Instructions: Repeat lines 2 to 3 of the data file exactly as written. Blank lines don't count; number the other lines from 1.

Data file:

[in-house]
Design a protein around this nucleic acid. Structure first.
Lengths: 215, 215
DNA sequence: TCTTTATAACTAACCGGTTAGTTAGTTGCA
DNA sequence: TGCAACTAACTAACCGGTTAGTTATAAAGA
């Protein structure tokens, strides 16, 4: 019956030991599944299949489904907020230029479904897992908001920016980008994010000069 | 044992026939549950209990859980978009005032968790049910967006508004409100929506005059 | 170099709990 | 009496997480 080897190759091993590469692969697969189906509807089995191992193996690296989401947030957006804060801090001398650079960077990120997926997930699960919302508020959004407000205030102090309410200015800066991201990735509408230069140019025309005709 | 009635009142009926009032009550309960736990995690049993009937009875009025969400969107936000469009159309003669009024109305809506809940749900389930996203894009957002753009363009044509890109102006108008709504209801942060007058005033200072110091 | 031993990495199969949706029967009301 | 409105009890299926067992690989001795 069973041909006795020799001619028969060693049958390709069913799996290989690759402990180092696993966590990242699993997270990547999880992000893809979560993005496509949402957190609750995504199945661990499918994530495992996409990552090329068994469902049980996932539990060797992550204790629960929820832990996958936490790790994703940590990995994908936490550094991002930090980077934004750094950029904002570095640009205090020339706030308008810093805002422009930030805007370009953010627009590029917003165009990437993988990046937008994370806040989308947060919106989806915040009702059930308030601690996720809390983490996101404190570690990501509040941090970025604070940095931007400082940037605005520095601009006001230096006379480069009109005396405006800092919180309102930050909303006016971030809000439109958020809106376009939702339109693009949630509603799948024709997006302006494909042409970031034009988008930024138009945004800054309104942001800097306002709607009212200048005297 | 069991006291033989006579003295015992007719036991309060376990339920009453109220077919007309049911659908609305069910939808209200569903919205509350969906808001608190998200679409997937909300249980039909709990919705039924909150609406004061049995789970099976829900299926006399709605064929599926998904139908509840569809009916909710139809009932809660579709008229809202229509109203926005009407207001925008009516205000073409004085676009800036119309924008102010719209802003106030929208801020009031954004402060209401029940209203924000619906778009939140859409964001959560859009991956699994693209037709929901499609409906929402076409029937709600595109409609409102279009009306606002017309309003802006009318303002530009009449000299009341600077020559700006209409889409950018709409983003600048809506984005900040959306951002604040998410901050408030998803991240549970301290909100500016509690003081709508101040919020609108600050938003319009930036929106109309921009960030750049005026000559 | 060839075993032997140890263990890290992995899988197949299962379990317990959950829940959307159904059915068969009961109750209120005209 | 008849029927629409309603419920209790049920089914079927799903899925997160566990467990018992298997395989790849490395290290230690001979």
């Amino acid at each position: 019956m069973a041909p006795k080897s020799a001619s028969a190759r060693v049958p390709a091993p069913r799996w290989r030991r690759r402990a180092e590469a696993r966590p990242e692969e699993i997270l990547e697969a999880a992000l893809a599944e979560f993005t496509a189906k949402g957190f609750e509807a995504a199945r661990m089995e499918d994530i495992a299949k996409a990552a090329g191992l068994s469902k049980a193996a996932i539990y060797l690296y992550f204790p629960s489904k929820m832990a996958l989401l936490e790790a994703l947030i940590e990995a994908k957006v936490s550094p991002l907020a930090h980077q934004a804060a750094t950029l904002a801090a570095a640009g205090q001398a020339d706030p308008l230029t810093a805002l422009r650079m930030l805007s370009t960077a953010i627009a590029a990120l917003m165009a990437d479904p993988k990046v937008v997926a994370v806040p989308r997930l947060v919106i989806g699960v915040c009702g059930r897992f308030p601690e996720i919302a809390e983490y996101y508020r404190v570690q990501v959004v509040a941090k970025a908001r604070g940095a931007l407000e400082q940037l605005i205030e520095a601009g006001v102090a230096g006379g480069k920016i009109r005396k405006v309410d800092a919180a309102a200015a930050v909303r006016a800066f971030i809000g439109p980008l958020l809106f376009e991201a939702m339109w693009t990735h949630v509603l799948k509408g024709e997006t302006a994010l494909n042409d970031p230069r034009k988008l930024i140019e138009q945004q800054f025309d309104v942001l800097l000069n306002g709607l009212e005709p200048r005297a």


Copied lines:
Design a protein around this nucleic acid. Structure first.
Lengths: 215, 215